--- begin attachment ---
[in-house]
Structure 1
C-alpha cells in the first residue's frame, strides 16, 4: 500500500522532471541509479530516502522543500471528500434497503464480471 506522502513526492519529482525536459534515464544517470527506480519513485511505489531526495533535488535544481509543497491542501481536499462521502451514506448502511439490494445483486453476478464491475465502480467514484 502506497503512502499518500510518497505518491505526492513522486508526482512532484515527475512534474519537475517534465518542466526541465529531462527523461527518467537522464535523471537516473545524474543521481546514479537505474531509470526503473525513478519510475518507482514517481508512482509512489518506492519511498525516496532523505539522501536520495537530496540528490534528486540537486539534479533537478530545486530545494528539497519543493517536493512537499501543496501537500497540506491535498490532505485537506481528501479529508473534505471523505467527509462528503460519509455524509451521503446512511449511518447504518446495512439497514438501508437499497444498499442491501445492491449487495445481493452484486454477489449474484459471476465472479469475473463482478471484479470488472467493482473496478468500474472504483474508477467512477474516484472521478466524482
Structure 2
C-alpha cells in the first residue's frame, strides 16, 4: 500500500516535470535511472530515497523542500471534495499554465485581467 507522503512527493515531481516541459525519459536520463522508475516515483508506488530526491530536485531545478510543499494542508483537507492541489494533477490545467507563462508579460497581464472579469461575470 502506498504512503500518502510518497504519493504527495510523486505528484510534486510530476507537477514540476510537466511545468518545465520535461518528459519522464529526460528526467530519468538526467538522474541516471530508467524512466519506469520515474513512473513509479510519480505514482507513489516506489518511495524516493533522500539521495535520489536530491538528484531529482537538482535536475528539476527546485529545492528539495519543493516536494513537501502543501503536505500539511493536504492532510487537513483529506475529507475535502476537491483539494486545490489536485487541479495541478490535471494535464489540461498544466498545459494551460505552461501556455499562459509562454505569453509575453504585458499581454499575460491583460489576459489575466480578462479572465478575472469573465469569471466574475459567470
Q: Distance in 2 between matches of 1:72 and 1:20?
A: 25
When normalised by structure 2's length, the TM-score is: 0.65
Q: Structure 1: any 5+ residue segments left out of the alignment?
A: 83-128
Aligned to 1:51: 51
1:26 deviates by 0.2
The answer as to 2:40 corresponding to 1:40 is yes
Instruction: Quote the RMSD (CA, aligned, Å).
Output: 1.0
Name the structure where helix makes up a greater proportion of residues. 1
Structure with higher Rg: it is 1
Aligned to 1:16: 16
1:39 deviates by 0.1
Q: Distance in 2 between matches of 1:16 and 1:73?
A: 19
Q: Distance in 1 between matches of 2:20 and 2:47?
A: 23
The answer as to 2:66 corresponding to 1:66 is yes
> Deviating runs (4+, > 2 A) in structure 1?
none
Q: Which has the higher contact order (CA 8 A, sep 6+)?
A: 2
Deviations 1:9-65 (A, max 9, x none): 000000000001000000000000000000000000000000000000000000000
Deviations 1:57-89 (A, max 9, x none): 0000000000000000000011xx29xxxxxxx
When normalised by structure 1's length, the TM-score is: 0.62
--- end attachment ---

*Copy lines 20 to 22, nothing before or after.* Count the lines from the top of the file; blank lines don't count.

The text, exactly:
Q: Distance in 2 between matches of 1:16 and 1:73?
A: 19
Q: Distance in 1 between matches of 2:20 and 2:47?